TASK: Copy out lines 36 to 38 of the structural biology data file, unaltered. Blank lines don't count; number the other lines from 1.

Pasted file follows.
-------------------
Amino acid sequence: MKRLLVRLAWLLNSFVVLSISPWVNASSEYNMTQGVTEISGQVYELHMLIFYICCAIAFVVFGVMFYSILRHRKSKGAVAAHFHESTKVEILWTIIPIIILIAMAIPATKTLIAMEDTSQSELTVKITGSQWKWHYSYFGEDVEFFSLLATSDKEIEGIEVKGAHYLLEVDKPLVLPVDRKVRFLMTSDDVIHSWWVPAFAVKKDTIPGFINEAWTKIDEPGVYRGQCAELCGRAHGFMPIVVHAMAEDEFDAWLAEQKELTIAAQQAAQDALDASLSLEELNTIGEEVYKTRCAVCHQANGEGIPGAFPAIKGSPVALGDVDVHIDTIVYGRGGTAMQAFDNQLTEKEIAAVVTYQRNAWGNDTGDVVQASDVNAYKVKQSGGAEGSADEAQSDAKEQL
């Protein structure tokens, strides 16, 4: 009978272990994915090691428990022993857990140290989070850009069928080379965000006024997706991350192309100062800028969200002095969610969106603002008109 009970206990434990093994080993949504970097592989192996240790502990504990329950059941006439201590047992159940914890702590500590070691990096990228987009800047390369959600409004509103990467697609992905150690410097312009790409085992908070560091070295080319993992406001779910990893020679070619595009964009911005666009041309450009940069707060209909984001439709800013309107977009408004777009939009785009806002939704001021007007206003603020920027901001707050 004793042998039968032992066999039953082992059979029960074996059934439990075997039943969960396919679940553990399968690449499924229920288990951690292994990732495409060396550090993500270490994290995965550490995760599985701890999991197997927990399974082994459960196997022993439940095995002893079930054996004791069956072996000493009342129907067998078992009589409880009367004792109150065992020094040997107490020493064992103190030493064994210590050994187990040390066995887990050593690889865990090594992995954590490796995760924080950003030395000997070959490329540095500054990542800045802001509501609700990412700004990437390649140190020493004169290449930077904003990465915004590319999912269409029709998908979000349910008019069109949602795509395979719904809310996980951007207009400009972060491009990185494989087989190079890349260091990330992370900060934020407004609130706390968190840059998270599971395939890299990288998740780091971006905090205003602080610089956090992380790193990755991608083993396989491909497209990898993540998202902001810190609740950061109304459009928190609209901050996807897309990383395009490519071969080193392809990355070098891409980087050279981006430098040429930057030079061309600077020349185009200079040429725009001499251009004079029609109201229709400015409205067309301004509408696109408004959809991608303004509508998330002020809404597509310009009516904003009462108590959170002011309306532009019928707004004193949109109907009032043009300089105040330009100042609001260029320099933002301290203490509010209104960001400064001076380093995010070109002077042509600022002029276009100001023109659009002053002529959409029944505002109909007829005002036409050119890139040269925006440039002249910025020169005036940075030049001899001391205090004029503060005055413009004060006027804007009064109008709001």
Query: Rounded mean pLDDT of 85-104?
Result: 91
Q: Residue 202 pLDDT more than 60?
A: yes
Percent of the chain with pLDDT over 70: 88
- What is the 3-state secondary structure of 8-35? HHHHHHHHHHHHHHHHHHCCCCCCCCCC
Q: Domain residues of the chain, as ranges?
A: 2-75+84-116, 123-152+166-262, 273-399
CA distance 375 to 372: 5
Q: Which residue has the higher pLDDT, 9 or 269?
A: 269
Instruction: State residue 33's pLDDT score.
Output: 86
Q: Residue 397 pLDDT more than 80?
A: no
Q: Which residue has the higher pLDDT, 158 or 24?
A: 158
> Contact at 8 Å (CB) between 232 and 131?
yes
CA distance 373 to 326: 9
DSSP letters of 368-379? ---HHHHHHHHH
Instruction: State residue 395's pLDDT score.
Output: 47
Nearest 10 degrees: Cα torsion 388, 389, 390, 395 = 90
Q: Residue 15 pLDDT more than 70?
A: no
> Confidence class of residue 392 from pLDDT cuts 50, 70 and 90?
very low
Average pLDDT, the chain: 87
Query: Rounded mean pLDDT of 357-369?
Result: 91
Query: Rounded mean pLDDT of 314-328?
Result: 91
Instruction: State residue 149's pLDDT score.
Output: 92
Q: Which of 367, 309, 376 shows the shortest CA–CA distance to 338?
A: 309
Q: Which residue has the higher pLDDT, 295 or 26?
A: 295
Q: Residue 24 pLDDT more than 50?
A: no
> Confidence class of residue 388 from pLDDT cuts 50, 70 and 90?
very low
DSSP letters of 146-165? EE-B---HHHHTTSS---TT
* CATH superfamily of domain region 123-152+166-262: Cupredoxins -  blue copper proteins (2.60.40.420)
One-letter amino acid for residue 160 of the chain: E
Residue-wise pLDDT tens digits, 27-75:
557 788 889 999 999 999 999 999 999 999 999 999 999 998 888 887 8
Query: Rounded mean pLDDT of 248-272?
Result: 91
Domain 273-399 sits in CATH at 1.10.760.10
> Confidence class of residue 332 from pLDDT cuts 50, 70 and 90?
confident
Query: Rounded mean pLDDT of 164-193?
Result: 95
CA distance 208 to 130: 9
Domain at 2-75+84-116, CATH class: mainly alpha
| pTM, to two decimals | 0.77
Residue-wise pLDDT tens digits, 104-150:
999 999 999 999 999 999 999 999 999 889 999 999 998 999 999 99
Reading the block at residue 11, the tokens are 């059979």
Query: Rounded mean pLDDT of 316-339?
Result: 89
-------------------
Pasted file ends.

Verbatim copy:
Instruction: State residue 149's pLDDT score.
Output: 92
Q: Which of 367, 309, 376 shows the shortest CA–CA distance to 338?